By Rachael Tolliver-US Army Cadet CommandJanuary 3, 2014
San Antonio, TX--Times have changed, life moves fast and while children today grow up quickly it's important that they grow up smart; that's how educator and motivational speaker Fran Kick sees it.
Kick, who taught senior leadership courses at Wilmington College and has a B.A. in Music Education and an M.A. in Educational Psychology, has been teaching and counseling since 1995. But he is best known as a motivational speaker. This week he visited San Antonio to present a message to a group of community leaders and educators attending the 2014 U.S. Army All-American Bowl. His message was "the more you put into something, the more you get out of it and leadership is no exception."
He encouraged his fellow CLEs to take an opportunity to share their ideas and best practices--taking advantage of the collective wisdom to help young adults who could benefit greatly from it.
"Early impressions are important to young people," he explained. "What was your first job the teacher selected you for in school? Cleaning the black boards, being a hall monitor, running an errand--something with a position of authority? And sometimes you got to pick a friend to take--and everyone wanted you to pick them. Your first impression of leadership is about being more important than other people, and about doing favors for friends. That's not what leadership is about."
He used several examples to illustrate that there is a difference in someone understanding the practice of leadership verses practicing their understanding of leadership, and he pointed out the difference in leading verses having a title or position.
Good community leaders and educators and can help guide young adults, Kick said, and help them learn good life skills like leadership. He said one way to help today's youth is by being a positive example and "listening" to how young people describe and interpret their lives.
"Many people talk about the importance of being a role model but young adults need, crave and deserve more than just talk," Kick explained. "They need to 'see it' before they can 'be it.'"
He added that the importance of listening to how young people describe their lives is even more important from their late-teens through twenties because it is at that point they are highly self-reflective, thinking about who they are and considering what they want out of life.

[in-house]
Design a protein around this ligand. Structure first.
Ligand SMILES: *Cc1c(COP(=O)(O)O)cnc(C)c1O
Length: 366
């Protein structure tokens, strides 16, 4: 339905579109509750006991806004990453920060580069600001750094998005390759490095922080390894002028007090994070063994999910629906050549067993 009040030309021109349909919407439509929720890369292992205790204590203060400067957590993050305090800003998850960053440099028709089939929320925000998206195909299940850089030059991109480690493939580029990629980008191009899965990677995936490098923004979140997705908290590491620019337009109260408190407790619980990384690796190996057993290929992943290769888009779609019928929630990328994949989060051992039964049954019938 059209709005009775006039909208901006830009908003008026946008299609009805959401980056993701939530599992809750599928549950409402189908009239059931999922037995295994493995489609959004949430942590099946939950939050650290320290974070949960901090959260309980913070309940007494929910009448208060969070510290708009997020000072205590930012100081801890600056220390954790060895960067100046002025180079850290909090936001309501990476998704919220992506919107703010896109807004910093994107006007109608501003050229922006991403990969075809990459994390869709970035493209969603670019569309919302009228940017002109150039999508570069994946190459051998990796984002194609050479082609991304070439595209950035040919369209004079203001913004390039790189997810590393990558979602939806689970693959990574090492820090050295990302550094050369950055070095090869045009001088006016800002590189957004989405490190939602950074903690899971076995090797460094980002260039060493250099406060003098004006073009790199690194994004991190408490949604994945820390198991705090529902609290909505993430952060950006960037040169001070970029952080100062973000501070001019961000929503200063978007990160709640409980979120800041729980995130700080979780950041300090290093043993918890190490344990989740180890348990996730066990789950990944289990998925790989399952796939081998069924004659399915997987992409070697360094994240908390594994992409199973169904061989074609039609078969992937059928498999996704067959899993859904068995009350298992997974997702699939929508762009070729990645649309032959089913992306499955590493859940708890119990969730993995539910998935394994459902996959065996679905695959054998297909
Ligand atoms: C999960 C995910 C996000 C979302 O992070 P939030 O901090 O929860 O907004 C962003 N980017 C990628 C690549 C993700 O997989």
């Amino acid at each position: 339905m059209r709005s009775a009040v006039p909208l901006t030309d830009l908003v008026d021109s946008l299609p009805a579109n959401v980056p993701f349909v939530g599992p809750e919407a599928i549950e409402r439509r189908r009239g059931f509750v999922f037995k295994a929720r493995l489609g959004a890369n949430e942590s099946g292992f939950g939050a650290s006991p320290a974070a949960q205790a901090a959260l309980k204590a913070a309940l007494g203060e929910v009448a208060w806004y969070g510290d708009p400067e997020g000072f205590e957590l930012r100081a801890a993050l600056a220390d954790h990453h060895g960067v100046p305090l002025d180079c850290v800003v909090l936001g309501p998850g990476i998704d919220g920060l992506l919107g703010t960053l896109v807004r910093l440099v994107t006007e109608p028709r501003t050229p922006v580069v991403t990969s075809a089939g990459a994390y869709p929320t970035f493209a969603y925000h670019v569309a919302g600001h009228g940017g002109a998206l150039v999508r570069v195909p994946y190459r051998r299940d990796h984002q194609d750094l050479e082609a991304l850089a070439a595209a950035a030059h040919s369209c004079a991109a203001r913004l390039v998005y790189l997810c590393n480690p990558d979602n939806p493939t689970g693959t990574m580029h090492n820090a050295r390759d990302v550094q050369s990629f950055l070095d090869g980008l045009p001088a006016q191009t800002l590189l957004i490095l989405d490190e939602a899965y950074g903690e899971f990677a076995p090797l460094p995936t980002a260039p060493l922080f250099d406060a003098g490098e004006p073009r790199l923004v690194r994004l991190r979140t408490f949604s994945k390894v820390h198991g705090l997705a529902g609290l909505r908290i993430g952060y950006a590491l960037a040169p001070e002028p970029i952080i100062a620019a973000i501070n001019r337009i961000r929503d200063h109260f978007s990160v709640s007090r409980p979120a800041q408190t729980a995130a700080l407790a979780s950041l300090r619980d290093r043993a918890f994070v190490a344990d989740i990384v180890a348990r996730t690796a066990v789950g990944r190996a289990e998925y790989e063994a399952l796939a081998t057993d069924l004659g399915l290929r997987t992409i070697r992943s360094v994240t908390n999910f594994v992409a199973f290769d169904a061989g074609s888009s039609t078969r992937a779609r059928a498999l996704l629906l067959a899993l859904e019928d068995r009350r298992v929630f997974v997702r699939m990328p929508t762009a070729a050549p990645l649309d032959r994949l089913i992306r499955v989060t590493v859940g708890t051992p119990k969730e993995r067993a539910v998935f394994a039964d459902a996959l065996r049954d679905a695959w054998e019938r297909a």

"Having a listening-mentor guide you as you work your way toward accepting responsibility for yourself, making your own decisions, and becoming financially independent is a huge help," he said. "Not (someone who will) tell you what to do, but how to think things through, process what's happening, and perhaps--when needed--help you reframe your perceptions and priorities."
It's precisely because of his belief in role models and helping young people learn how to think that Kick became an advocate for Army ROTC.
"My first interaction with the Army ROTC, educationally speaking, came as a result of the U.S. Army's involvement with the Music for All Summer Symposium," Kick said. "The inspiring thing was to see such a profoundly similar approach to leadership development in action. I've seen way too many college leadership retreats where the students spent more time sitting and listening than doing and leading."
Kick explained that in the distant past, leadership development focused on "what to think" which was fine in a world that was not changing as fast as it is today. At that time, teaching cause and effect methodology--"do this and you get that"--was reinforced by what people experienced.
"If we know that tomorrow's leaders will be dealing with a world that's filled with problem-solving, constantly-changing, uncertain-reality-based situations, 'how to think' might be a more valuable approach," Kick said. "The foundational skills and experiences needed to develop future leaders cannot be developed just sitting-and-listening.
These are concepts Army ROTC relies on for leadership education and that, he added, is how ROTC makes sense to him as a development tool.
"ROTC is a real-world, active-learning, leadership accelerator for many young adults," Kick explained. "You get to grow and experience working in the world with a more mature focus on what needs to get done."
He added that for Cadets to work in situations that are mission-critical, require teamwork, and are constantly changing is one way ROTC brings so many leadership lessons to life.
"(That experience) sets you on a trajectory of success with skills, capabilities and experiences few adults get even later on in life," he explained.
For a good leader, Kick said there is more to working together then simply getting what you want, or telling people what to do. He said businesses and organizations need leaders who are willing to listen to others, and not recite sound bites.
"Leadership excellence," he added, "is ultimately about application, making things happen, learning from experiences and being a 24/7/365 example for others to follow."
Visit or www.army.mil/rotc for more information.